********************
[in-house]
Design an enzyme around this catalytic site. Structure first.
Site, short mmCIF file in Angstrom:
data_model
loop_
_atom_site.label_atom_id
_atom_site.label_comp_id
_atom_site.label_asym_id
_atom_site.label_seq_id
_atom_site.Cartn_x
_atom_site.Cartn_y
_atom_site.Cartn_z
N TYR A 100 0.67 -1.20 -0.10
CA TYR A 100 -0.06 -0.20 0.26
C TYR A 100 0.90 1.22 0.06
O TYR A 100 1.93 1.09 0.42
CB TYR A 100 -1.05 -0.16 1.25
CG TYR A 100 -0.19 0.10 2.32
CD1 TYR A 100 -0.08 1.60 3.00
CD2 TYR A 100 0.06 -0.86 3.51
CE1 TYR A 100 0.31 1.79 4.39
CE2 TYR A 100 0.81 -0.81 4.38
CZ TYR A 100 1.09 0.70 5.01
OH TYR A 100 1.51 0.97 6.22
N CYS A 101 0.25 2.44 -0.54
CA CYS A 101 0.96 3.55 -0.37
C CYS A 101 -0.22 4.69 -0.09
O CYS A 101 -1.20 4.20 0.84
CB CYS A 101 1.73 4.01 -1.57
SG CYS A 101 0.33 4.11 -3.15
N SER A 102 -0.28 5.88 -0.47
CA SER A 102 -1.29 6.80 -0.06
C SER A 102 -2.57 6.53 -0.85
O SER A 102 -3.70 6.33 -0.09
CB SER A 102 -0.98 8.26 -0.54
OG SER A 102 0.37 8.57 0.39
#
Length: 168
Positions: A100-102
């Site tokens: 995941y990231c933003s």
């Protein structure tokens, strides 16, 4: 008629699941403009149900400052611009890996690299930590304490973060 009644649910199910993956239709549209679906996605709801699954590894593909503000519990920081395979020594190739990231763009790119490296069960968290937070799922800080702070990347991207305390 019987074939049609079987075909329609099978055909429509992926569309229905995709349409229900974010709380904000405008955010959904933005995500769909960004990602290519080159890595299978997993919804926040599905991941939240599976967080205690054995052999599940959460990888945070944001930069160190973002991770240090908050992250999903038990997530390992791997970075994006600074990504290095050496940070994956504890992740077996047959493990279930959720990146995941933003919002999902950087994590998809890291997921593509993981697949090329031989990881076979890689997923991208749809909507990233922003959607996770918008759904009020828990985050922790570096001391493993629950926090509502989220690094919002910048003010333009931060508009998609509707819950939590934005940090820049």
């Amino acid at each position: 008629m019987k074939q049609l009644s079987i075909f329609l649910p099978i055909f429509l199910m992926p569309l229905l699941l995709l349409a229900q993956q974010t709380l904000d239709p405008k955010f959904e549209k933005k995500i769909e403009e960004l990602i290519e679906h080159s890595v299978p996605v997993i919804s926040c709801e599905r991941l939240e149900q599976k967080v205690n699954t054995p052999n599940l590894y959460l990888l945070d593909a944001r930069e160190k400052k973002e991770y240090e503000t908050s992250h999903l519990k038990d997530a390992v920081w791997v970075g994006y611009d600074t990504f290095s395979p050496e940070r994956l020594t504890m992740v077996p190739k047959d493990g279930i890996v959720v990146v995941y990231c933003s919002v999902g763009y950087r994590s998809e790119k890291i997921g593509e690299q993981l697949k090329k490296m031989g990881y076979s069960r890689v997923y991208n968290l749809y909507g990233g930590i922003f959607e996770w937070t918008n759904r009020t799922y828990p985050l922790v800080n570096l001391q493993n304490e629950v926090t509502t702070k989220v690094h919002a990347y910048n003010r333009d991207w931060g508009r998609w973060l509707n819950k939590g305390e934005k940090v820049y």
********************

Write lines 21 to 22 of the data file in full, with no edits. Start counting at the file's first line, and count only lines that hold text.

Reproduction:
CE1 TYR A 100 0.31 1.79 4.39
CE2 TYR A 100 0.81 -0.81 4.38